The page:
Daniel K. Afosah and Rami A. Al-Horani* Pages 1 - 35 ( 35 )
Glycosaminoglycans (GAGs) are very complex, natural anionic polysaccharides. They are polymers of repeating disaccharide units of uronic acid and hexosamine residues. Owing to their template-free, spatiotemporally controlled, and enzyme-mediated biosyntheses, GAGs possess enormous polydispersity, heterogeneity, and structural diversity which often translate into multiple biological roles. It is well documented that GAGs contribute to physiological and pathological processes by binding to proteins including serine proteases, serpins, chemokines, growth factors, and microbial proteins. Despite advances in the GAG field, the GAG–protein interface remains largely unexploited by drug discovery programs. Thus, non-saccharide glycosaminoglycan mimetics (NSGMs) have been rationally developed as a novel class of sulfated molecules that modulate GAG–protein interface to promote various biological outcomes of substantial benefit to human health. In this review, we describe the chemical, biochemical, and pharmacological aspects of recently reported NSGMs and highlight their therapeutic potentials as structurally and mechanistically novel anti-coagulants, anti-cancer agents, anti-emphysema agents, and anti-viral agents. We also describe the challenges that complicate their advancement and describe ongoing efforts to overcome these challenges with the aim of advancing the novel platform of NSGMs to clinical use.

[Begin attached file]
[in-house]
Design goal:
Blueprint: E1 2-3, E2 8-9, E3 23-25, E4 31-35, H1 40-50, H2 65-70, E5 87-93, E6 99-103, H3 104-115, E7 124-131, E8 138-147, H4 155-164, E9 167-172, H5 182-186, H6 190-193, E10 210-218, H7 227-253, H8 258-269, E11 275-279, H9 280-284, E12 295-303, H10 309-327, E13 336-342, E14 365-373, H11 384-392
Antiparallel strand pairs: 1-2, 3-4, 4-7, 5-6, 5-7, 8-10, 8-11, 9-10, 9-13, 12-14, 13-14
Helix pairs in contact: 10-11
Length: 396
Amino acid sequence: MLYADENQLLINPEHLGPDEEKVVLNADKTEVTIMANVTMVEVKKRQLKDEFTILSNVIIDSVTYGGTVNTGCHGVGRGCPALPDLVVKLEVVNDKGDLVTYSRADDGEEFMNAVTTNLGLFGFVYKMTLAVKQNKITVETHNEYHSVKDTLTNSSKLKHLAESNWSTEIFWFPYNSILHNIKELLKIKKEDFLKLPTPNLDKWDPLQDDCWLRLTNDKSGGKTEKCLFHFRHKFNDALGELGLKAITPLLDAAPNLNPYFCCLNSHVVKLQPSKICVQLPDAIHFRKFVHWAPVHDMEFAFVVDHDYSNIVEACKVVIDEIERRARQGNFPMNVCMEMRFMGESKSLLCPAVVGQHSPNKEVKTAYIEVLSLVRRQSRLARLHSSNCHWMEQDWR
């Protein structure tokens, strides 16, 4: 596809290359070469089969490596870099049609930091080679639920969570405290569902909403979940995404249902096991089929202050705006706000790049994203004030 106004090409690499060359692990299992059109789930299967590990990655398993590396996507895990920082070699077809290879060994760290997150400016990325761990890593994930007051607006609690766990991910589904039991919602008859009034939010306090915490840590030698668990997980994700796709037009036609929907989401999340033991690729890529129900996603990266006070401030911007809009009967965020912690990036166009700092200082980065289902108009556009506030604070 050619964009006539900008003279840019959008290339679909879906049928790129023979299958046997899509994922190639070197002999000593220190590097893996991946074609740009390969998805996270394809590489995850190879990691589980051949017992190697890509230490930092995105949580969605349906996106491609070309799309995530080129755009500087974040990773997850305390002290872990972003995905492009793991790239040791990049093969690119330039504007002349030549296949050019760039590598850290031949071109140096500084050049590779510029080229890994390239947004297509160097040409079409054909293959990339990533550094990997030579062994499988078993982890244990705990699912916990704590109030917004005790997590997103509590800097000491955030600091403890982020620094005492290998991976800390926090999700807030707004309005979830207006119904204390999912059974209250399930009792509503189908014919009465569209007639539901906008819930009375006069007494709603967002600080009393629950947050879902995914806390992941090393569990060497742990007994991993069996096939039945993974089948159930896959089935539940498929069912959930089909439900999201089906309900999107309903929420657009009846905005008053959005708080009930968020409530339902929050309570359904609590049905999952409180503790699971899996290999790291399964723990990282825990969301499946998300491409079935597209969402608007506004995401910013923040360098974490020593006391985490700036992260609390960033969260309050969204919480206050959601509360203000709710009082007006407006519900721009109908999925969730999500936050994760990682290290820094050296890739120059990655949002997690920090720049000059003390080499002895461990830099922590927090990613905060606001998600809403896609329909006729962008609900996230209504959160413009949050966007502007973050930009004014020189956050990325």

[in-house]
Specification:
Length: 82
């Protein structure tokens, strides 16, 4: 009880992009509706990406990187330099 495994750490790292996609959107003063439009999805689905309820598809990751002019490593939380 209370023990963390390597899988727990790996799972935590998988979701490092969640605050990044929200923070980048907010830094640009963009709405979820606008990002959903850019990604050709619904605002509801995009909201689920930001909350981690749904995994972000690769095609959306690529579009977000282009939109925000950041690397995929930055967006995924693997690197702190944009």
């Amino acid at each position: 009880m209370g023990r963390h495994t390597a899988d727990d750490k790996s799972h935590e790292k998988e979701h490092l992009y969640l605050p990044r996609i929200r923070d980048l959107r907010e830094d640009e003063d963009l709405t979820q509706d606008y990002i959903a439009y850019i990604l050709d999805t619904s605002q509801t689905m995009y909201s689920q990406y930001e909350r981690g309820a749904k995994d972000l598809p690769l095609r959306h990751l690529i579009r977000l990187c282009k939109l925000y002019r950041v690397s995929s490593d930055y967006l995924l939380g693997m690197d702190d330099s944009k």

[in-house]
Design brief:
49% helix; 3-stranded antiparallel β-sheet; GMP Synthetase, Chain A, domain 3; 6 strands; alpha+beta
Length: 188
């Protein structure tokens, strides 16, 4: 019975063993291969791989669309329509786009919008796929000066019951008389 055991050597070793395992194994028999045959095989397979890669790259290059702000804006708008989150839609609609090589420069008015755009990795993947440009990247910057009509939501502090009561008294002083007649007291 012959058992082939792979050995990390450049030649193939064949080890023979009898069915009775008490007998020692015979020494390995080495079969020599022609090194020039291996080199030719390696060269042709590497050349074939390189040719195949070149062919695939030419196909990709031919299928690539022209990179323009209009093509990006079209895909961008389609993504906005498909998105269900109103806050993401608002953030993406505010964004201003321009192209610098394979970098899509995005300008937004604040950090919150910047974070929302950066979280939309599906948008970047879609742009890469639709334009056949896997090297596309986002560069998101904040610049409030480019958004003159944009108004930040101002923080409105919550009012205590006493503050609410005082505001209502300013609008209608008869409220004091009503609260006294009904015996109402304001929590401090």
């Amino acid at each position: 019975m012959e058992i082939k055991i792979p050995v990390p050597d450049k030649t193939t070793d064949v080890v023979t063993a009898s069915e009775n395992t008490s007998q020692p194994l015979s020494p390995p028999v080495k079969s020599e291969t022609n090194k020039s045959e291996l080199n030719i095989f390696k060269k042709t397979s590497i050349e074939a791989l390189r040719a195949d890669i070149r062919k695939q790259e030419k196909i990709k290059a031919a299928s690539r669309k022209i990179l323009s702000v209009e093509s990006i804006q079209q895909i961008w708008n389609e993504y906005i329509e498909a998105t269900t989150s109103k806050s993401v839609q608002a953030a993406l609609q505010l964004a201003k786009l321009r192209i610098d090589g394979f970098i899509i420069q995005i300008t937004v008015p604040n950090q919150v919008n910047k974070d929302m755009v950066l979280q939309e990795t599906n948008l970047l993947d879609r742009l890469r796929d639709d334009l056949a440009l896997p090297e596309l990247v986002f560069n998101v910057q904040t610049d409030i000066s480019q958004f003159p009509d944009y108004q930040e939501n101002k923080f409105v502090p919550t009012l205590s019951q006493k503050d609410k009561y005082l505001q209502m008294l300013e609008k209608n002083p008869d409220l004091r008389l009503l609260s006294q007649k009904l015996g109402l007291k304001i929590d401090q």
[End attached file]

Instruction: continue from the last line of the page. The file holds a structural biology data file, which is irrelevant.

Glycosaminoglycans, Sulfated molecules, Non-saccharide glycosaminoglycan mimetics, Anticoagulants, Anticancers, Antivirals
Department of Medicinal Chemistry and Institute for Structural Biology, Drug Discovery and Development, Virginia Commonwealth University, Richmond, Virginia 23219, Division of Basic Pharmaceutical Sciences, College of Pharmacy, Xavier University of Louisiana, New Orleans, Louisiana 70125